Politics Before People

Sunday, June 13th, 2010

The Honorable Geert Visser, consul general for the Netherlands in Houston, gave an interview to the Houston Chronicle in which he revealed that his government extended an official offer of assistance to the U.S. three days after the oil well explosion in the Gulf Coast. The administration wrote back to decline the offer. Now, after nearly two months of an oil gush that is savaging the wildlife and economy of the Gulf Coast states, our government is reconsidering the Dutch offer. No doubt the Dutch are horrified by what they are seeing on the news, as this paralysis and political blame would not be tolerated in the Netherlands, where the government gives an oil company twelve hours to contain a spill. If the oil company’s response is insufficient, the government steps in, assumes control of the cleanup and bills the oil company to ensure that taxpayers are reimbursed.

The Netherlands is certainly experienced with building dikes and managing water, as most of its terrain lies below sea level. The Netherlands had proposed a plan for building sand barriers affording some protection to the vulnerable marshlands. The Dutch were also willing to provide equipment to implement the plan, including ships equipped with oil-skimming booms. But our government got in the way. Dutch ships were prevented from approaching the U.S. coast by an anachronism of maritime law, the Jones Act, which limits access to the U.S. coast to U.S. ships. This week, the federal government allowed for U.S. ships to be equipped with four pairs of the skimming booms delivered from the Netherlands, which should be put in use in the Gulf Coast very soon. Each pair can process 5 million gallons of water daily, removing 20,000 tons of oil and sludge each day that they are in use.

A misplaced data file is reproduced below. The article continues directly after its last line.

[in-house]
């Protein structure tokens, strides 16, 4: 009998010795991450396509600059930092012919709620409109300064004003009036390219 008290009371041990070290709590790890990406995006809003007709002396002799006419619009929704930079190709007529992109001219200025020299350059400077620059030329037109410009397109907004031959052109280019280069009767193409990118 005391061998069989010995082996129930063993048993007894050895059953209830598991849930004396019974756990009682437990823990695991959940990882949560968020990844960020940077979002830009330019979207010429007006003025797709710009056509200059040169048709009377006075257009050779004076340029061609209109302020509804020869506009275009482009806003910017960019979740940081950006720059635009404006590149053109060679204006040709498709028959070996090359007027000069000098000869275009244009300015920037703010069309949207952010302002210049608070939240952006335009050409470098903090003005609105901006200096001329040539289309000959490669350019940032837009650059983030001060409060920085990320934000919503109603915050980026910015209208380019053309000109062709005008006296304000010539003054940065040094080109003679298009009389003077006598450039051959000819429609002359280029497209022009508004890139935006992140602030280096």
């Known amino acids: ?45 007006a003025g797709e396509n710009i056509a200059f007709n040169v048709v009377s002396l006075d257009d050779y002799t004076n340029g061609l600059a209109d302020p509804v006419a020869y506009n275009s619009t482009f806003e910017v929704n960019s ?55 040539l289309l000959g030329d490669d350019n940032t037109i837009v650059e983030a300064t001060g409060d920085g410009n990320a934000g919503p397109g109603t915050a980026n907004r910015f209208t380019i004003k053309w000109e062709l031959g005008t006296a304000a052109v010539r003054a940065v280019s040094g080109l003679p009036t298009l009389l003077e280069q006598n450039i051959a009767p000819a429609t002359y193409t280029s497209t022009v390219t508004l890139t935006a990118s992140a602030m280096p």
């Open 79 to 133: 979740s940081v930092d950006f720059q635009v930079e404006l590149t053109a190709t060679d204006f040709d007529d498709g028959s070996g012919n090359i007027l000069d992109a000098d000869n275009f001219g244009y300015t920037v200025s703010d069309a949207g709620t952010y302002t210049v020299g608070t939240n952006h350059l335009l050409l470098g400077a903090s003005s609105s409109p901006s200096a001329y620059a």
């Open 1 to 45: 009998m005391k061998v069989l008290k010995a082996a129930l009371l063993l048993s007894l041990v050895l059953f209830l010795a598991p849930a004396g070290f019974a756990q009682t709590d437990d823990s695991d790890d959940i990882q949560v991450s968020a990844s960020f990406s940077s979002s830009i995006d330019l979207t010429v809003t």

The plan for the sand barriers was enthusiastically endorsed by Louisiana Governor Bobby Jindal and tentatively endorsed by the Coast Guard. A Dutch marine contractor has worked out a plan for building 60-mile long sand dikes within three weeks, which plan is opposed by American dredging companies that want to do the work themselves. But they lack the dike-building experience of the Dutch. This, of course, is a sad replay of what occurred in the aftermath of Hurricane Katrina, when the U.S. government declined offers of assistance from the German government. The Germans had emergency relief equipment and evacuation plans ready to be deployed, but Washington insisted that it had everything under control. The people of Louisiana are paying a very high price for this silliness.

Small Business is Too Big to Fail

Saturday, June 12th, 2010
Not So Welcoming in Washington

Not So Welcoming in Washington

The National Small Business Association published “Squandered Opportunities and Misplaced Priorities: Why Small Business is Too Big to Fail”, a report chronicling certain of the largest opportunities Congress and the administration missed in addressing the biggest challenges facing U.S. small businesses.

“There are more than 70 million people in the U.S. who work for, or run a small business – one-third of the voting population in the U.S.,” stated NSBA President Todd McCracken. “Despite that number, and the increased public profile of small business, not enough has been done to actually help small businesses survive the economic downturn.”

NSBA’s campaign, “Small Business: 70 Million Strong…And Voting” educates lawmakers, candidates and the public on the importance of small business to the U.S. economy. In the two years since the campaign was launched, the U.S. economy has plunged into recession, resulting in a new (at least in word, if not deed) recognition of the importance of small businesses to job creation. But speeches have not led to constructive policy.

“Squandered Opportunities and Misplaced Priorities” highlights Washington’s most disappointing failures, including the failure to enact long-term reauthorization of the Small Business Innovation and Research Program, the exclusion of small business credit card accounts from the protections afforded by the CARD legislation; failure to correct the distorted incentives of the estate tax and the failure to ensure fair labor law processes. The report compares the cost of addressing these key small business priorities to the cost of other initiatives of the administration, such as the Troubled Asset Relief Program (TARP) and health-care reform legislation. The cost differential is staggering: $2.9 trillion spent on major initiatives vs. $358 billion, the estimated cost of small business programs called for in pending legislation.